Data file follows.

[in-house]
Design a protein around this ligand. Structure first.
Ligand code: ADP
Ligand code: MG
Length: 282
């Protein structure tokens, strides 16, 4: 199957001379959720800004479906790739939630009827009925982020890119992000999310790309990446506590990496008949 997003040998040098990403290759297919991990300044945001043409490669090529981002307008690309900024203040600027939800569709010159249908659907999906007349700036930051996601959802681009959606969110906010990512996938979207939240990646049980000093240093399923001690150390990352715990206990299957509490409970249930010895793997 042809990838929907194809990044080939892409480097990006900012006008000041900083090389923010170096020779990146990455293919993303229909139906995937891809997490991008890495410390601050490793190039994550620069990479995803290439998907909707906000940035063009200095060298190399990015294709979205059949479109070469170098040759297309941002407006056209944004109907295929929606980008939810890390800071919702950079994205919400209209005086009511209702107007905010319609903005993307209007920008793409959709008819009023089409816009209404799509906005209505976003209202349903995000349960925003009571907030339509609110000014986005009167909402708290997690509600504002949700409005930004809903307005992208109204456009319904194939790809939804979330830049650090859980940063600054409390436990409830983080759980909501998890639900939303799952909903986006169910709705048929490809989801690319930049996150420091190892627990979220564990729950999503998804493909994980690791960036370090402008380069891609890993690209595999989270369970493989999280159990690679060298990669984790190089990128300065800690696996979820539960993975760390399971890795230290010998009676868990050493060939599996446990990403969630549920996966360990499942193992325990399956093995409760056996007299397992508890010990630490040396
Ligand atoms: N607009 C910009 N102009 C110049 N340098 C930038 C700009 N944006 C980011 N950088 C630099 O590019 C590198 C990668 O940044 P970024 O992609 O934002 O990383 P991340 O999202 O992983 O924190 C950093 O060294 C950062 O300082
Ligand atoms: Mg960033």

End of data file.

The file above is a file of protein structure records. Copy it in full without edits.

[in-house]
Design a protein around this ligand. Structure first.
Ligand code: ADP
Ligand code: MG
Length: 282
């Protein structure tokens, strides 16, 4: 199957001379959720800004479906790739939630009827009925982020890119992000999310790309990446506590990496008949 997003040998040098990403290759297919991990300044945001043409490669090529981002307008690309900024203040600027939800569709010159249908659907999906007349700036930051996601959802681009959606969110906010990512996938979207939240990646049980000093240093399923001690150390990352715990206990299957509490409970249930010895793997 042809990838929907194809990044080939892409480097990006900012006008000041900083090389923010170096020779990146990455293919993303229909139906995937891809997490991008890495410390601050490793190039994550620069990479995803290439998907909707906000940035063009200095060298190399990015294709979205059949479109070469170098040759297309941002407006056209944004109907295929929606980008939810890390800071919702950079994205919400209209005086009511209702107007905010319609903005993307209007920008793409959709008819009023089409816009209404799509906005209505976003209202349903995000349960925003009571907030339509609110000014986005009167909402708290997690509600504002949700409005930004809903307005992208109204456009319904194939790809939804979330830049650090859980940063600054409390436990409830983080759980909501998890639900939303799952909903986006169910709705048929490809989801690319930049996150420091190892627990979220564990729950999503998804493909994980690791960036370090402008380069891609890993690209595999989270369970493989999280159990690679060298990669984790190089990128300065800690696996979820539960993975760390399971890795230290010998009676868990050493060939599996446990990403969630549920996966360990499942193992325990399956093995409760056996007299397992508890010990630490040396
Ligand atoms: N607009 C910009 N102009 C110049 N340098 C930038 C700009 N944006 C980011 N950088 C630099 O590019 C590198 C990668 O940044 P970024 O992609 O934002 O990383 P991340 O999202 O992983 O924190 C950093 O060294 C950062 O300082
Ligand atoms: Mg960033």